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Title: Investigating the role of lysosomes during mammalian cell division
Author: Nugues, Charlotte
ISNI:       0000 0004 7970 5061
Awarding Body: University of Liverpool
Current Institution: University of Liverpool
Date of Award: 2019
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Lysosomes are acidic, intracellular, membrane-bound organelles present in all eukaryotic cells. They are filled with more than 60 different hydrolases responsible for the degradation of a wide range of intracellular targets arising from autophagy and extracellular particles internalised through endocytic and phagocytic pathways. Their luminal acidity is achieved via the action of the Vacuolar-ATPase. This complex, multi-subunit, molecular proton pump generates the low pH essential for optimal catalytic activity of hydrolytic enzymes by actively pumping H+ ions (protons) into the lysosome lumen. Historically, lysosomes have been predominantly considered cellular 'waste bags' involved in the degradation and recycling of cellular and extracellular content, however new findings reveal that they are highly dynamic organelles tasked with a wide spectrum of unique biological functions. Lysosomes are equipped to sense and monitor the nutrient status of the cell and coordinate an appropriate response. Similar to the ER, they contain high levels of calcium (Ca2+), therefore they might participate in calcium homeostasis by acting as Ca2+ stores, and are potentially involved in Ca2+ signalling. Ca2+ is also known to play a pivotal role in lysosome trafficking, recycling and fusion with the plasma membrane (PM). The latter process, known as exocytosis, enables membrane donation during PM wound repair, allows the cell to 'rid itself' of unwanted content and participates in the release of hydrolases that perform important extracellular functions such as bone remodelling and extracellular matrix degradation. More recently, lysosomes have been suggested to play a role in cell division, more particularly, cytokinesis. Cytokinesis is the final stage of cell division. This highly orchestrated process involves the formation of an ingression furrow that progressively constricts forming a transient cytoplasmic intercellular bridge. Eventually, the bridge is severed at abscission allowing separation of daughter cells. Lysosomes were found to cluster at either side of the intercellular bridge that separates nascent daughter cells and disruption of lysosomal positioning through a PI4KIIIβ-dependent mechanism was associated with a significant increase in cytokinesis failure. This suggests a functional requirement for lysosomes in cytokinesis. Understanding the regulation of cytokinesis is of the utmost interest as failure in cell division can lead to aneuploidy, genetic instability and malignant phenotypes. The purpose of this thesis was therefore to identify the specific lysosomal function(s) involved in cytokinesis. Using a combination of biochemical and pharmacological approaches coupled with confocal microscopy and TIRF imaging techniques, exocytosis of these organelles was shown to significantly increase during cell division, most specifically in cytokinesis. Finally, lysosome exocytosis during cytokinesis was linked to PI4KIIIβ activity. These findings demonstrate for the first time a role of lysosomal exocytosis in cytokinesis. Manipulation of cytokinesis through targeting a specific aspect of lysosomal physiology (exocytosis) opens up new avenues of investigation. This knowledge may permit novel future approaches to tackling a number of prevalent human diseases.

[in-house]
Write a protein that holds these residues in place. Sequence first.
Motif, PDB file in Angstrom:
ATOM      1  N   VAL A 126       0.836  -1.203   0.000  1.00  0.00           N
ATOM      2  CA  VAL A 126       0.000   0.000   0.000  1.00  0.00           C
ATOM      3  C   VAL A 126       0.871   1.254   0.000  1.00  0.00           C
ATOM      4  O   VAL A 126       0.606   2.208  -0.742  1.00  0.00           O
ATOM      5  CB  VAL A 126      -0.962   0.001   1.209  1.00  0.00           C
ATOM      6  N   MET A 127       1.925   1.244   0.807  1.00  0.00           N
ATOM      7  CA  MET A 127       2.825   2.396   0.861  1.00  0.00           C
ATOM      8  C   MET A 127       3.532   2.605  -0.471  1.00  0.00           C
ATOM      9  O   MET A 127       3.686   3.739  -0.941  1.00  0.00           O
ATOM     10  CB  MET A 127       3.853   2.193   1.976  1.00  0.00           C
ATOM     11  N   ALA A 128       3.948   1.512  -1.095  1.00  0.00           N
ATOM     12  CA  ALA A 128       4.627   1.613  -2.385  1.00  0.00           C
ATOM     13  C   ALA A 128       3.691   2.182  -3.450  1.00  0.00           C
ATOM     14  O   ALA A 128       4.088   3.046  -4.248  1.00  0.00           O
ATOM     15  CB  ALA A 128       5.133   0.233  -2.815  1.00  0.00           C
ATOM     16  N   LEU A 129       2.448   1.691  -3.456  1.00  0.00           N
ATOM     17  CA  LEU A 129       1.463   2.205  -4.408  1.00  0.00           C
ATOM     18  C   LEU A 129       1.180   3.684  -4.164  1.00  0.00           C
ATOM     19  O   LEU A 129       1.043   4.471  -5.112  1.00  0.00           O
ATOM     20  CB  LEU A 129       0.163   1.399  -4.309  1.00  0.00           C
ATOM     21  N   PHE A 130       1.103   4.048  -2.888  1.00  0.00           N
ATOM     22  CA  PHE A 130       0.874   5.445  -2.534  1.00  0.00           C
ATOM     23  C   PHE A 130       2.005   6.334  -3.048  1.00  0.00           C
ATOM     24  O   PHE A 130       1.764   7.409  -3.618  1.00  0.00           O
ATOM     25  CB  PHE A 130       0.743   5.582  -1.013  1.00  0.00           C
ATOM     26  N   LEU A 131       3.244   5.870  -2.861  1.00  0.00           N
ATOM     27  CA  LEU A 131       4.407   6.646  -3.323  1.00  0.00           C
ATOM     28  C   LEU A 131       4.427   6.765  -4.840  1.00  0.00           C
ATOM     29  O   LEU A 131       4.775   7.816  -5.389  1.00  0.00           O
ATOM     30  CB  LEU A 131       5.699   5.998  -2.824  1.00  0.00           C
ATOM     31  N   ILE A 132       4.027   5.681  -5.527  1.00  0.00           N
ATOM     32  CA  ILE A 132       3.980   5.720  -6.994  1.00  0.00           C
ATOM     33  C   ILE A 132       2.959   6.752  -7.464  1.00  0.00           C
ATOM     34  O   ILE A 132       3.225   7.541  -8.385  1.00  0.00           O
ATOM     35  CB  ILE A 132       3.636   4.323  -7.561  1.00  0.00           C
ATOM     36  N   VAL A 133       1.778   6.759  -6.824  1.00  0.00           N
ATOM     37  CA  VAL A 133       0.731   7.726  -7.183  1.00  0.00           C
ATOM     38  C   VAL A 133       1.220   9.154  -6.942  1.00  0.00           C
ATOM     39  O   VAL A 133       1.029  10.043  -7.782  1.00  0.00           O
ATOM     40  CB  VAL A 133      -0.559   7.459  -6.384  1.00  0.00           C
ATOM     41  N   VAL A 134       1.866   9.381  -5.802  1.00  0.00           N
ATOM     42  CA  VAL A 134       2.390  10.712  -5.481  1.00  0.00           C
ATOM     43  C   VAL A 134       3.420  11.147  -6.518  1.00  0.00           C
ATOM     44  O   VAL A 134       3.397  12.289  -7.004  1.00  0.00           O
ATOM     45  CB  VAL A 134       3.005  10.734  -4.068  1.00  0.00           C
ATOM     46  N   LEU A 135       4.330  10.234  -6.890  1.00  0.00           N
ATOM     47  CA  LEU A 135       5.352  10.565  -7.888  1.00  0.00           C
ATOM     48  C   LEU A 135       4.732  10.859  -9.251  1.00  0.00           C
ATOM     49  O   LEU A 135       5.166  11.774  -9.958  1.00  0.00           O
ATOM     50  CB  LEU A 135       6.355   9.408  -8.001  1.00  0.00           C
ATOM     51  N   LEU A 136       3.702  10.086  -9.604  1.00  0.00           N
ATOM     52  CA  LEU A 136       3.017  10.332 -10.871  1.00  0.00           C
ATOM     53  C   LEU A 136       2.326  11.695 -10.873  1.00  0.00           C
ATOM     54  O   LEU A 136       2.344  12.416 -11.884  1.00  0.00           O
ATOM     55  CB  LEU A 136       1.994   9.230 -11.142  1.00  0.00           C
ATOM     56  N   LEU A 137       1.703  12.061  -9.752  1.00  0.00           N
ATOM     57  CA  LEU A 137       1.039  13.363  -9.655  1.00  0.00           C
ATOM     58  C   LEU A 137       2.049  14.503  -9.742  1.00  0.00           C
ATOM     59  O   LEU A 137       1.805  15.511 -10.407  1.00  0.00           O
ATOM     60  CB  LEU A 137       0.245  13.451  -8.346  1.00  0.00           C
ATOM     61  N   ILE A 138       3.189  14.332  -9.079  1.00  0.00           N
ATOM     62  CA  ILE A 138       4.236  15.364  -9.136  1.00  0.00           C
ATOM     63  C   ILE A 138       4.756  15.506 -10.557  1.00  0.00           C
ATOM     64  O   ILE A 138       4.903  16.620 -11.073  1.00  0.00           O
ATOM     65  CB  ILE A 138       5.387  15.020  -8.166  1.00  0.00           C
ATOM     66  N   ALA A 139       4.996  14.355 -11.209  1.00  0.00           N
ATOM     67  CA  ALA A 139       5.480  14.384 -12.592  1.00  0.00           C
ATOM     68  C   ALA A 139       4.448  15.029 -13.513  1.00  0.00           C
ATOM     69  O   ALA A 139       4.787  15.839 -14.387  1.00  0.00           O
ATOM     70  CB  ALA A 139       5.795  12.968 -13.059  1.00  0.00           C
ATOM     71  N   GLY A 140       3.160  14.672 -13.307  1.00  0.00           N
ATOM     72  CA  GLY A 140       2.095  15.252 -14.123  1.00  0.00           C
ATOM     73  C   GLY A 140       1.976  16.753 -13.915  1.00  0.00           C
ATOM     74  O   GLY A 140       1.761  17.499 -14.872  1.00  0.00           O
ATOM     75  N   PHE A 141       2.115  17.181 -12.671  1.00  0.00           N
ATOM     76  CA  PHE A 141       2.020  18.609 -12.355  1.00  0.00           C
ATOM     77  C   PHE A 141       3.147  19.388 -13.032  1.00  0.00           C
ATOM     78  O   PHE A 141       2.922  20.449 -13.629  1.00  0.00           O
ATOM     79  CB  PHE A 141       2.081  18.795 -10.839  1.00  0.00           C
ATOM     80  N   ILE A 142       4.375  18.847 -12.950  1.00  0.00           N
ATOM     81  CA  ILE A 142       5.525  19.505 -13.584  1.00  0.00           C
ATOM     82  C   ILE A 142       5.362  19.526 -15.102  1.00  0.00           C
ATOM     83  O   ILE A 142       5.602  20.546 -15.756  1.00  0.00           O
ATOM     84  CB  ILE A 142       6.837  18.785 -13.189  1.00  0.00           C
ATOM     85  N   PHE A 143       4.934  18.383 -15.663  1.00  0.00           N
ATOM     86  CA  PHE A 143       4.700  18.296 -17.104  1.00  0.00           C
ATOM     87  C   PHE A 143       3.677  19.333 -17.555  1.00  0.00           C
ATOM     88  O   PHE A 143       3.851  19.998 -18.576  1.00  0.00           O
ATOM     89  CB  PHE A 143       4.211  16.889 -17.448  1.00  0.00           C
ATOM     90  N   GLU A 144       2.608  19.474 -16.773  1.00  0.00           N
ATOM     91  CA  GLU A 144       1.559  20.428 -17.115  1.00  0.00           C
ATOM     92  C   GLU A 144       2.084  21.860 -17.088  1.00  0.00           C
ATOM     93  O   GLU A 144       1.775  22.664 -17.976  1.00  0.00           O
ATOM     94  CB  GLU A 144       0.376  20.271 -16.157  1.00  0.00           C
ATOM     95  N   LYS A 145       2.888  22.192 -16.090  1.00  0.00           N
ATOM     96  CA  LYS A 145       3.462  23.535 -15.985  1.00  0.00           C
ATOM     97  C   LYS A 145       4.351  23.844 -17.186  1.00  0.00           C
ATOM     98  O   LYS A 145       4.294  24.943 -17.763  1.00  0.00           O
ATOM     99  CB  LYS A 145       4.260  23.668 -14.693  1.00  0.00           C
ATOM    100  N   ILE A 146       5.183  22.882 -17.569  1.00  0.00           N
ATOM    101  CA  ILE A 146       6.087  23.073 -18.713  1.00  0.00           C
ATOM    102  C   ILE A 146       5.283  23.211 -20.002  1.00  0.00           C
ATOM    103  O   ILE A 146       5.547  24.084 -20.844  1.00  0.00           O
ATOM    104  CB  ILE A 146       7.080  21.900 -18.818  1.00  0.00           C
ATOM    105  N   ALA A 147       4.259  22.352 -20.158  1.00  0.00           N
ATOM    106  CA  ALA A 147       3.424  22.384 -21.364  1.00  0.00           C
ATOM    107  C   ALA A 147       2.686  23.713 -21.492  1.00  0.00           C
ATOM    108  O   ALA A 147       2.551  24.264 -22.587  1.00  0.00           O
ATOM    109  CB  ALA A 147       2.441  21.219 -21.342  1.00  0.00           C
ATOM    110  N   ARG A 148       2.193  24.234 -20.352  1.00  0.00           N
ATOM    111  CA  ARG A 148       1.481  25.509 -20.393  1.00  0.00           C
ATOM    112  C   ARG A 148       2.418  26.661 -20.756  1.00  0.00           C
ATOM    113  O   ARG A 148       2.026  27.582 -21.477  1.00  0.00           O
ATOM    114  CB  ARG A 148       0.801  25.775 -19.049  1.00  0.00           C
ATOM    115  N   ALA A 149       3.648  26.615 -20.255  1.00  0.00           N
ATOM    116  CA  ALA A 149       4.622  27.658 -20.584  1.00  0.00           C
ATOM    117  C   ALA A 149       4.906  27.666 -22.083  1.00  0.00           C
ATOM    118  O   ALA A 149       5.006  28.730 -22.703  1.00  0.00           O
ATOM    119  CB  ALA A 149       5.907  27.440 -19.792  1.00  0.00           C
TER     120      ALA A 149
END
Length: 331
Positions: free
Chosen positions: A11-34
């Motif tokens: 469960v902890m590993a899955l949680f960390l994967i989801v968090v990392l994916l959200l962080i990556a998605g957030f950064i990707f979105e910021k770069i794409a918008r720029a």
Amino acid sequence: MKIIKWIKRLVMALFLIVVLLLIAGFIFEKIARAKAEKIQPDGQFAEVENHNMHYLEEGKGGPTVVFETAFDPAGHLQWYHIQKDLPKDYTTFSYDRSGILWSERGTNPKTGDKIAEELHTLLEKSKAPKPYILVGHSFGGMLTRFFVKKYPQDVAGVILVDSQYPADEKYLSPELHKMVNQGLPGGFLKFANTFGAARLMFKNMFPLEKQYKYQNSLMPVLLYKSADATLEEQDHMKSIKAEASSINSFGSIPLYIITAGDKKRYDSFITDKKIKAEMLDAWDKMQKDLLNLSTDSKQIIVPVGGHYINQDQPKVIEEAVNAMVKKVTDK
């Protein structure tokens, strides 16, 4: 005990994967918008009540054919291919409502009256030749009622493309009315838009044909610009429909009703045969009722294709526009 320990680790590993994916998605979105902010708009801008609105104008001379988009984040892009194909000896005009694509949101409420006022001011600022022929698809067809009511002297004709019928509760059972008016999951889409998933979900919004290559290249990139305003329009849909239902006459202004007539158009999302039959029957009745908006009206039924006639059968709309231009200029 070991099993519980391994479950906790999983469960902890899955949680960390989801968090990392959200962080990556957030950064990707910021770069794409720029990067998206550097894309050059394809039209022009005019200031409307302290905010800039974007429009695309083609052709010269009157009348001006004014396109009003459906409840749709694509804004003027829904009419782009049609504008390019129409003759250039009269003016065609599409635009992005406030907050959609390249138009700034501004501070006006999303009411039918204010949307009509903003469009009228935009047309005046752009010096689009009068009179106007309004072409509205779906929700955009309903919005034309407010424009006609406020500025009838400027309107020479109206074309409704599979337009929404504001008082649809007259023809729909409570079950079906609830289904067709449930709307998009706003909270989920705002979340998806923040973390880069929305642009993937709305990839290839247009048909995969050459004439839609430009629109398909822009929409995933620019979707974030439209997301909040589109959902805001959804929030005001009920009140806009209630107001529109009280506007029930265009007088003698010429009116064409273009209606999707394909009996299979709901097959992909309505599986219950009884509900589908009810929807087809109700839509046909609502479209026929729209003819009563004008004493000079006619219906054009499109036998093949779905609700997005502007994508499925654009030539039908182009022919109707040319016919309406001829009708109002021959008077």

Supervisor: Haynes, Lee ; Burgoyne, Robert Sponsor: Not available
Qualification Name: Thesis (Ph.D.) Qualification Level: Doctoral